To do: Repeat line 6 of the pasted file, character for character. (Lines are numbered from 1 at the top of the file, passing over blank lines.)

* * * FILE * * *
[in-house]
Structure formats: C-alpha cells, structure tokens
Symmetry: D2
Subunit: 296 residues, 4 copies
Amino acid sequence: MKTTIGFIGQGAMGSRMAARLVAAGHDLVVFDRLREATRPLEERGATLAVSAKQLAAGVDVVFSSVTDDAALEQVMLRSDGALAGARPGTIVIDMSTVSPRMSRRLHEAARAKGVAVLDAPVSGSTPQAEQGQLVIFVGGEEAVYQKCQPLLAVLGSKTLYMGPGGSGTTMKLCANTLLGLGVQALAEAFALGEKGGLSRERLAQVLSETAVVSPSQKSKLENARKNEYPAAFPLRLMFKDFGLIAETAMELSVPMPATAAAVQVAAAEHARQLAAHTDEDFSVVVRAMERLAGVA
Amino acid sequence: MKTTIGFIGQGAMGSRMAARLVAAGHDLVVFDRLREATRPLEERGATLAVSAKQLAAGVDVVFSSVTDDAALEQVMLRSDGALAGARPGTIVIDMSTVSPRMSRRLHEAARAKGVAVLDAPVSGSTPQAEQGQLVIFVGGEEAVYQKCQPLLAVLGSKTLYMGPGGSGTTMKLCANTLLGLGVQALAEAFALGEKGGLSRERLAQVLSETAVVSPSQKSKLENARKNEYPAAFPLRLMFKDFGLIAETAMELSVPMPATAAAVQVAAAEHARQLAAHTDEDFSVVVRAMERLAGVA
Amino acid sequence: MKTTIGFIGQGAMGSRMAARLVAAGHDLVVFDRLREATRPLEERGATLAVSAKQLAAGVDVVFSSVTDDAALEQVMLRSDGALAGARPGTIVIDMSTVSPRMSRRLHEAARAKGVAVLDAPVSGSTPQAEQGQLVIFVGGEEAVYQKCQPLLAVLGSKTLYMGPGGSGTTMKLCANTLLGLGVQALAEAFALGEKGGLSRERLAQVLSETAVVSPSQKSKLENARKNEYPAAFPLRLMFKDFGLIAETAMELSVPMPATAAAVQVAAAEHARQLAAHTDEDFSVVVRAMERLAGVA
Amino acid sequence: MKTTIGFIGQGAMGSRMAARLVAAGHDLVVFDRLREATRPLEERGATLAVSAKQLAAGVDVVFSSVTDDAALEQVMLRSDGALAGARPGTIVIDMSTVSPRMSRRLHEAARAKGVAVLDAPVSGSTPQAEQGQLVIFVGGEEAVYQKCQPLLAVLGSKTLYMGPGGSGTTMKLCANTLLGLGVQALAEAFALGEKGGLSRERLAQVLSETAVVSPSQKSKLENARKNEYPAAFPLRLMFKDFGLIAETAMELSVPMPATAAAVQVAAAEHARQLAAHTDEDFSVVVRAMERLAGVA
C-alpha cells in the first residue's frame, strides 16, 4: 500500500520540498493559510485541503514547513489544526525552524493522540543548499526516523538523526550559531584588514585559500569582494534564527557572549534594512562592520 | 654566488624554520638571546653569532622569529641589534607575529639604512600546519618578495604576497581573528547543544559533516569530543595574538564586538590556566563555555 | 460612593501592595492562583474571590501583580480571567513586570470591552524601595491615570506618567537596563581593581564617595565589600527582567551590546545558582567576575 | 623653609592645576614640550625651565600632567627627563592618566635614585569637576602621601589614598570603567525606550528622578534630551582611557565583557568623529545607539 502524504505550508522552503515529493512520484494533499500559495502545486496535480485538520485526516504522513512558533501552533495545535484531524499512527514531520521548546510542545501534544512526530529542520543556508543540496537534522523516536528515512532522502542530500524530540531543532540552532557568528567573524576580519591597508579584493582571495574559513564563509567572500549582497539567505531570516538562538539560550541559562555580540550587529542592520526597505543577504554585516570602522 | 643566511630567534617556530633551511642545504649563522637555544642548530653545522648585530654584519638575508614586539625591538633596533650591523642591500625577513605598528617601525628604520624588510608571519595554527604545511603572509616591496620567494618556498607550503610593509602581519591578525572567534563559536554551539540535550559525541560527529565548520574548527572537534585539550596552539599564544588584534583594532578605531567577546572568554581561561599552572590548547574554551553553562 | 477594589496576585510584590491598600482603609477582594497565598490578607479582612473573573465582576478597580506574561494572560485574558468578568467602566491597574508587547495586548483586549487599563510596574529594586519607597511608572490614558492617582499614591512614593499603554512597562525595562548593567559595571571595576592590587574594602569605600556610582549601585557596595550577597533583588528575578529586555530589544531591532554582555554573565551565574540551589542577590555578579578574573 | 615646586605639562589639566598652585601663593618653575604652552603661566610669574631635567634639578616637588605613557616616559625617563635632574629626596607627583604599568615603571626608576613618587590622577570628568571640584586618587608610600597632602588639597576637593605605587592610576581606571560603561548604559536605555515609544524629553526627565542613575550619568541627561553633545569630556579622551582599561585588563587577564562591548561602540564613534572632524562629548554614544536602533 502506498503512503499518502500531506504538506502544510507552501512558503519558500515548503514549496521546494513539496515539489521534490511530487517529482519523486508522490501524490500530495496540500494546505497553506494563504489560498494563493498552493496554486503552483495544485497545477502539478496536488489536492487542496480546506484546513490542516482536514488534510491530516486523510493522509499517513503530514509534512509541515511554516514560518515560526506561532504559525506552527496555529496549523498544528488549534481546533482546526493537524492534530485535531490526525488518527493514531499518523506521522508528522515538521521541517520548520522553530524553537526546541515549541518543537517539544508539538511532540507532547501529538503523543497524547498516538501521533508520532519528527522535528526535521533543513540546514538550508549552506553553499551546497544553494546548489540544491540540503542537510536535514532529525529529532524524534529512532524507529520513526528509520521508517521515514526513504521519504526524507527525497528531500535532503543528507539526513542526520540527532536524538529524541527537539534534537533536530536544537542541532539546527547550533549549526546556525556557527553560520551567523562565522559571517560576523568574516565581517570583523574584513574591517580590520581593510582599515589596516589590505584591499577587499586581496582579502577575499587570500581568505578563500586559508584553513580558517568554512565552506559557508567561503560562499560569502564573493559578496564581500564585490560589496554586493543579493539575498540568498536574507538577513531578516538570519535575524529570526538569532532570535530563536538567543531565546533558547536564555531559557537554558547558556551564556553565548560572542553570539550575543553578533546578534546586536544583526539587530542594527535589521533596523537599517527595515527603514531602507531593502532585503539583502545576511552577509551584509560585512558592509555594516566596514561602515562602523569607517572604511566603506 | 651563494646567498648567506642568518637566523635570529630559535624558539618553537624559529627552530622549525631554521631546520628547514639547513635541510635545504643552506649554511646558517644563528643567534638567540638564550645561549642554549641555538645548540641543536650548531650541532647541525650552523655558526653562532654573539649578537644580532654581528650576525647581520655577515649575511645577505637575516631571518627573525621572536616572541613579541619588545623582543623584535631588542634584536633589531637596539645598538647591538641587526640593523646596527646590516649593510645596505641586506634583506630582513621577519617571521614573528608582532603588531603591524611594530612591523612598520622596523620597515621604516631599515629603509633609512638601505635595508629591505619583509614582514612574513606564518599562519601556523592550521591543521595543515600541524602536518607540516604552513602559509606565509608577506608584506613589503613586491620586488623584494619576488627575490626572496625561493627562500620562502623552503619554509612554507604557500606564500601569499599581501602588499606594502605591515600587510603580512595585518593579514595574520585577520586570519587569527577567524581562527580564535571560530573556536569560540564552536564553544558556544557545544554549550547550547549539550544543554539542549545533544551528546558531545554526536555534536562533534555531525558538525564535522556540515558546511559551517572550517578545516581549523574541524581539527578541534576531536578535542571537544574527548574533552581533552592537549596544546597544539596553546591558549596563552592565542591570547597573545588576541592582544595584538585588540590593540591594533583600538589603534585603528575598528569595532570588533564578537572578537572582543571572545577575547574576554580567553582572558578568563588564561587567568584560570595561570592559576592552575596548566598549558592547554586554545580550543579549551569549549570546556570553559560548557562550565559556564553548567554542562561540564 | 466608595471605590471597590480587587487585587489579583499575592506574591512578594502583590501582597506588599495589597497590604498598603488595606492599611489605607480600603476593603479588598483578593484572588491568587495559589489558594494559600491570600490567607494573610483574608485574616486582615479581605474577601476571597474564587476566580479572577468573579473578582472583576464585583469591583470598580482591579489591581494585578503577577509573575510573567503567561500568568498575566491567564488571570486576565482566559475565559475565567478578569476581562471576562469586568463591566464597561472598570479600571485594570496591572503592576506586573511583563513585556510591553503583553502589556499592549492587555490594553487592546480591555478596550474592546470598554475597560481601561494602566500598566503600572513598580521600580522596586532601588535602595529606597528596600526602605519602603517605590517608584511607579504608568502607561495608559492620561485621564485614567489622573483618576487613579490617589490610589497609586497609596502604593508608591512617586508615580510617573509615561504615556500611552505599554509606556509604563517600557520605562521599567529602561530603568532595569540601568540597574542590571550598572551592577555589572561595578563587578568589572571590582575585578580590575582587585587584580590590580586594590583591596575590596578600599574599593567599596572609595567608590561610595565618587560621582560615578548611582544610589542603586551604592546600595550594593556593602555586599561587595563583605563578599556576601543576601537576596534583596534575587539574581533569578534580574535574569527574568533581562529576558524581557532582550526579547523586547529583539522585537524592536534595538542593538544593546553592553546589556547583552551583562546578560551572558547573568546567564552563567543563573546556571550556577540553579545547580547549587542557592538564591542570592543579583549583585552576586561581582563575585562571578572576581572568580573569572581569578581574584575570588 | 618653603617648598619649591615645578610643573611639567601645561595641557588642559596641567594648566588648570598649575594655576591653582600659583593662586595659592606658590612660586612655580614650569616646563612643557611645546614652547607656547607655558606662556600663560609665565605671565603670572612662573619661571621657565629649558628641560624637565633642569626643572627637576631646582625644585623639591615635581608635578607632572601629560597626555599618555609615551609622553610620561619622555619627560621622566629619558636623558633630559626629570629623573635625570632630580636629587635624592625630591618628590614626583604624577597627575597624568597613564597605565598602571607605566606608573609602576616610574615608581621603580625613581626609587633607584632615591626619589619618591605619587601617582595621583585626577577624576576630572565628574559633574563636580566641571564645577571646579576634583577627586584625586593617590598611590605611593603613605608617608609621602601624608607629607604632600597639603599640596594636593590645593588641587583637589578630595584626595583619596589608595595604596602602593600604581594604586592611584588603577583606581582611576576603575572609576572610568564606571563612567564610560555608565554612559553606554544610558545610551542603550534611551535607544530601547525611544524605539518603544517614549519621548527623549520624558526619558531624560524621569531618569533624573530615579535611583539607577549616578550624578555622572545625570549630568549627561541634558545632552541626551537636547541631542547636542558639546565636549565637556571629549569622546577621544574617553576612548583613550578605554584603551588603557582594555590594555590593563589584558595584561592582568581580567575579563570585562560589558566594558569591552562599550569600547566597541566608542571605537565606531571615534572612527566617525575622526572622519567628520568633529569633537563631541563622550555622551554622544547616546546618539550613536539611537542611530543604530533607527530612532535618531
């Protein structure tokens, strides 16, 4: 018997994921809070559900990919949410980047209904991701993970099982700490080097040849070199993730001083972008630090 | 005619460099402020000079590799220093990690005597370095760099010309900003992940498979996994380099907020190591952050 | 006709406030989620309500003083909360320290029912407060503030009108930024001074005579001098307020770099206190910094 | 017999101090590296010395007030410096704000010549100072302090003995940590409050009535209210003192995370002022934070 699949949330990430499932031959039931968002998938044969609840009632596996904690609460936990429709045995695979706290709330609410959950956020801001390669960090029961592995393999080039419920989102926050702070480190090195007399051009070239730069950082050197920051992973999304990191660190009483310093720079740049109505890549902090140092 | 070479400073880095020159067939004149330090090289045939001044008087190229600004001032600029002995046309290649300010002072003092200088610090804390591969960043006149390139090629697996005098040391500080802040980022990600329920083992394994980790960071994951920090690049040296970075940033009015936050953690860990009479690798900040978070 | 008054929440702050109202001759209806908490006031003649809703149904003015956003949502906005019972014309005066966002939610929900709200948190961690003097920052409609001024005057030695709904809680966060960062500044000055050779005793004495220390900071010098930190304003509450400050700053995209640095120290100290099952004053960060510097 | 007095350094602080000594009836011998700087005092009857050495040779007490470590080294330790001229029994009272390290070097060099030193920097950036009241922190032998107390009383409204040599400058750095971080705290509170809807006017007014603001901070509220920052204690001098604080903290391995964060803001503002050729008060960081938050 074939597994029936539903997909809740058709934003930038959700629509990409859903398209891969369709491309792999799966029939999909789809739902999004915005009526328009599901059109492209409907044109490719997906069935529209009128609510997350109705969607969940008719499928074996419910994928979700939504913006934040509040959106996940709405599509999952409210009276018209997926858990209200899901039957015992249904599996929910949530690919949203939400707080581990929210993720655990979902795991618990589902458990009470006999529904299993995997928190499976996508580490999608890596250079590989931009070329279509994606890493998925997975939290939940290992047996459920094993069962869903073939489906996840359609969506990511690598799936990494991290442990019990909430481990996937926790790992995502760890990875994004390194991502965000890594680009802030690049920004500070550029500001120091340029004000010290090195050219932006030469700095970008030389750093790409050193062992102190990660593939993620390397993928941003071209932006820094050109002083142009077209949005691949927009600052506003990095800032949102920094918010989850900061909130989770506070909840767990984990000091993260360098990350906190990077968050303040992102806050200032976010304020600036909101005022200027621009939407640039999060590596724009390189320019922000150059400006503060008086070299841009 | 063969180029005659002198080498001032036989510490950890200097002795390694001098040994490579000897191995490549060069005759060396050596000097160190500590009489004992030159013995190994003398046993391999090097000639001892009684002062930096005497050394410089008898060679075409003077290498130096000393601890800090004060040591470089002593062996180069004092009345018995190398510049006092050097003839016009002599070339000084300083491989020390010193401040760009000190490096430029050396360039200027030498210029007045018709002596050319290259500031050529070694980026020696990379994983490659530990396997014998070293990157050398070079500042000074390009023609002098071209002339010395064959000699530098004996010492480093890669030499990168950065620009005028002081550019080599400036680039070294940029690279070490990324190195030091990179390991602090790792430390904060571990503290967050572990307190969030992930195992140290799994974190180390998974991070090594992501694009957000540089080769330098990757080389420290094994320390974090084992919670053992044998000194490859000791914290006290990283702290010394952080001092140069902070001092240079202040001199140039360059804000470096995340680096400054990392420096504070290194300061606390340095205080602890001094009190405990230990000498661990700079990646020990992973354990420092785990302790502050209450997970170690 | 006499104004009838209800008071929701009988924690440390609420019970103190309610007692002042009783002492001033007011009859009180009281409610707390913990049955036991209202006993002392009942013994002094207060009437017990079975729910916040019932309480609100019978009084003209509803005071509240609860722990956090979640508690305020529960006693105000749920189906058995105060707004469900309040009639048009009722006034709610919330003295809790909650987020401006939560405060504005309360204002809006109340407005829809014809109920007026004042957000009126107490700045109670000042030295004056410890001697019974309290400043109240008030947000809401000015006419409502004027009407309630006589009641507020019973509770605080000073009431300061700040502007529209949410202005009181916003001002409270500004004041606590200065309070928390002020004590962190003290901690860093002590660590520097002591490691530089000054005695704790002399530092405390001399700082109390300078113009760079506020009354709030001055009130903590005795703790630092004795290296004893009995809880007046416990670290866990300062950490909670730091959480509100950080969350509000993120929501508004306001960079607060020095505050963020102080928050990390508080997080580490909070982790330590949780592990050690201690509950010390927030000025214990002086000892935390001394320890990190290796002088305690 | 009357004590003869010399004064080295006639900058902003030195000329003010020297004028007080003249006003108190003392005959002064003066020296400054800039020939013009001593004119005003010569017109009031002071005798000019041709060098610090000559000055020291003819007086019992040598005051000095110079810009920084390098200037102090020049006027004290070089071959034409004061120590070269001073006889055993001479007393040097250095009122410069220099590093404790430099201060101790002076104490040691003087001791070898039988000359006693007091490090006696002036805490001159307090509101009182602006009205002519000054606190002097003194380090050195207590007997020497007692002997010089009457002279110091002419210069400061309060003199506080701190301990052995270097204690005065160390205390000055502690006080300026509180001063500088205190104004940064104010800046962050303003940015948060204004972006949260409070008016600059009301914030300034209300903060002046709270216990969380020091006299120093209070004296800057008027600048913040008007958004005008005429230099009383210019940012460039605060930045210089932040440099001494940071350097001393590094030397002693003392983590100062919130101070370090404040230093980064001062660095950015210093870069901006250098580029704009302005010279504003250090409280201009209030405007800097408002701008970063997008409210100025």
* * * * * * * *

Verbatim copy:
Amino acid sequence: MKTTIGFIGQGAMGSRMAARLVAAGHDLVVFDRLREATRPLEERGATLAVSAKQLAAGVDVVFSSVTDDAALEQVMLRSDGALAGARPGTIVIDMSTVSPRMSRRLHEAARAKGVAVLDAPVSGSTPQAEQGQLVIFVGGEEAVYQKCQPLLAVLGSKTLYMGPGGSGTTMKLCANTLLGLGVQALAEAFALGEKGGLSRERLAQVLSETAVVSPSQKSKLENARKNEYPAAFPLRLMFKDFGLIAETAMELSVPMPATAAAVQVAAAEHARQLAAHTDEDFSVVVRAMERLAGVA